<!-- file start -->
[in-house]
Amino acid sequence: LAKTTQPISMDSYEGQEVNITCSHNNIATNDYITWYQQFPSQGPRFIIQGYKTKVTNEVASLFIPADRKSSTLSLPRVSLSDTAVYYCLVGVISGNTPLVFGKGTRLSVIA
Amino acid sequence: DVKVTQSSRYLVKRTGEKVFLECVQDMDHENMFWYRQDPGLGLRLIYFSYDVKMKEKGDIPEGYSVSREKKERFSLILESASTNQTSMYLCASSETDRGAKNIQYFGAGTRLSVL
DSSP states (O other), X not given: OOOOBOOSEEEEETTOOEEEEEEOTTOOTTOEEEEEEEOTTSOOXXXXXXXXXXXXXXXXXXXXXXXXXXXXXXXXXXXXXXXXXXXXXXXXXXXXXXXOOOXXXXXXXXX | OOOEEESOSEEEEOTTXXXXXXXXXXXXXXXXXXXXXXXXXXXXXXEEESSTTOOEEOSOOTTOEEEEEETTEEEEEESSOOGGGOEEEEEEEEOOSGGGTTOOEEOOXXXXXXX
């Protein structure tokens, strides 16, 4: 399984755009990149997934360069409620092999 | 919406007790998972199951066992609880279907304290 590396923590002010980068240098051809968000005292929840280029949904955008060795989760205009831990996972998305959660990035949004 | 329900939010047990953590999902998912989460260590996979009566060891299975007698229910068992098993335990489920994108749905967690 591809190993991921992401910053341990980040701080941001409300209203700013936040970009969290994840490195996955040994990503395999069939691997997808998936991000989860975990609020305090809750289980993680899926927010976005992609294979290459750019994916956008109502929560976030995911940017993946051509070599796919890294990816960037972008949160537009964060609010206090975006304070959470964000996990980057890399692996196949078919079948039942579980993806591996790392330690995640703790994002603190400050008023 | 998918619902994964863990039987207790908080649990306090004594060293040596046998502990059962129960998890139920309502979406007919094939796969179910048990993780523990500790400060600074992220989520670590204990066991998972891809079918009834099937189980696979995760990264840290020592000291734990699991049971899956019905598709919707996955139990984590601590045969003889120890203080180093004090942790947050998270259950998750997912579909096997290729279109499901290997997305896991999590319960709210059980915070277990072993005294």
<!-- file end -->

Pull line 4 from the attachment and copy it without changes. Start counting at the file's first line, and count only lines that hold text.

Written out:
DSSP states (O other), X not given: OOOOBOOSEEEEETTOOEEEEEEOTTOOTTOEEEEEEEOTTSOOXXXXXXXXXXXXXXXXXXXXXXXXXXXXXXXXXXXXXXXXXXXXXXXXXXXXXXXOOOXXXXXXXXX | OOOEEESOSEEEEOTTXXXXXXXXXXXXXXXXXXXXXXXXXXXXXXEEESSTTOOEEOSOOTTOEEEEEETTEEEEEESSOOGGGOEEEEEEEEOOSGGGTTOOEEOOXXXXXXX